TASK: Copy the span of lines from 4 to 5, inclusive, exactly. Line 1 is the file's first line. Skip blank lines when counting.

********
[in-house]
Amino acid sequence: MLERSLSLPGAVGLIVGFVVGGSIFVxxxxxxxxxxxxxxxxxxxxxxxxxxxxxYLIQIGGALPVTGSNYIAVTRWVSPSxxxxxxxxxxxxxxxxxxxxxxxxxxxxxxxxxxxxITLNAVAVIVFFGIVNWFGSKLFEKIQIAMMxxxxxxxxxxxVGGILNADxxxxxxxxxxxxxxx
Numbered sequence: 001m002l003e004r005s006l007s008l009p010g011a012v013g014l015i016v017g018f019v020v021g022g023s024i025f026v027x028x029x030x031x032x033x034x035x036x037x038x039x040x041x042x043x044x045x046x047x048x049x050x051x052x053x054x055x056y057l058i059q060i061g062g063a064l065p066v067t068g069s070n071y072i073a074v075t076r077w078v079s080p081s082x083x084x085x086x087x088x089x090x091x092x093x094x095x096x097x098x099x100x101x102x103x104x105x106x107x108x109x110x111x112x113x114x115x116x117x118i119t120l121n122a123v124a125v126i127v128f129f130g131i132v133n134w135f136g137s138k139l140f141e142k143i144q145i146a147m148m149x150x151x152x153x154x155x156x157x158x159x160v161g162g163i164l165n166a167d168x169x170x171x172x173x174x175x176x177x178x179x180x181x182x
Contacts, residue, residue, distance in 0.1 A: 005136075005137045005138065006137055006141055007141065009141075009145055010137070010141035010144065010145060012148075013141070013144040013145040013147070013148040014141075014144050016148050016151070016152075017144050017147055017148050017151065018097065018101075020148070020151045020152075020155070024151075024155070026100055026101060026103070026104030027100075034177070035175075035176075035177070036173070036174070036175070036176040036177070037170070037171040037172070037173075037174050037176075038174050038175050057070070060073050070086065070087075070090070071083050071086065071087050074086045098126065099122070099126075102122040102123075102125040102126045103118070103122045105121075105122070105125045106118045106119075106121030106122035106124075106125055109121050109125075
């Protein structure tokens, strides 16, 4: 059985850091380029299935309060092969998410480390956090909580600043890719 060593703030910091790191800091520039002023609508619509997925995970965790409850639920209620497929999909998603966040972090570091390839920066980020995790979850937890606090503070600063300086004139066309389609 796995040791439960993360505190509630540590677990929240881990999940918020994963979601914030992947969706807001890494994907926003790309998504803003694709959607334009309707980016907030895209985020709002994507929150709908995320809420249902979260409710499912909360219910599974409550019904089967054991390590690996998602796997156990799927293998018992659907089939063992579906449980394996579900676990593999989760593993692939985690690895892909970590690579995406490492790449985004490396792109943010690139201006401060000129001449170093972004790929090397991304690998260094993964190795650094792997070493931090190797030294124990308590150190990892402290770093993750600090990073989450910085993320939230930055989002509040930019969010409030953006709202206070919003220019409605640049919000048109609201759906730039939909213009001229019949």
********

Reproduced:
Contacts, residue, residue, distance in 0.1 A: 005136075005137045005138065006137055006141055007141065009141075009145055010137070010141035010144065010145060012148075013141070013144040013145040013147070013148040014141075014144050016148050016151070016152075017144050017147055017148050017151065018097065018101075020148070020151045020152075020155070024151075024155070026100055026101060026103070026104030027100075034177070035175075035176075035177070036173070036174070036175070036176040036177070037170070037171040037172070037173075037174050037176075038174050038175050057070070060073050070086065070087075070090070071083050071086065071087050074086045098126065099122070099126075102122040102123075102125040102126045103118070103122045105121075105122070105125045106118045106119075106121030106122035106124075106125055109121050109125075
């Protein structure tokens, strides 16, 4: 059985850091380029299935309060092969998410480390956090909580600043890719 060593703030910091790191800091520039002023609508619509997925995970965790409850639920209620497929999909998603966040972090570091390839920066980020995790979850937890606090503070600063300086004139066309389609 796995040791439960993360505190509630540590677990929240881990999940918020994963979601914030992947969706807001890494994907926003790309998504803003694709959607334009309707980016907030895209985020709002994507929150709908995320809420249902979260409710499912909360219910599974409550019904089967054991390590690996998602796997156990799927293998018992659907089939063992579906449980394996579900676990593999989760593993692939985690690895892909970590690579995406490492790449985004490396792109943010690139201006401060000129001449170093972004790929090397991304690998260094993964190795650094792997070493931090190797030294124990308590150190990892402290770093993750600090990073989450910085993320939230930055989002509040930019969010409030953006709202206070919003220019409605640049919000048109609201759906730039939909213009001229019949």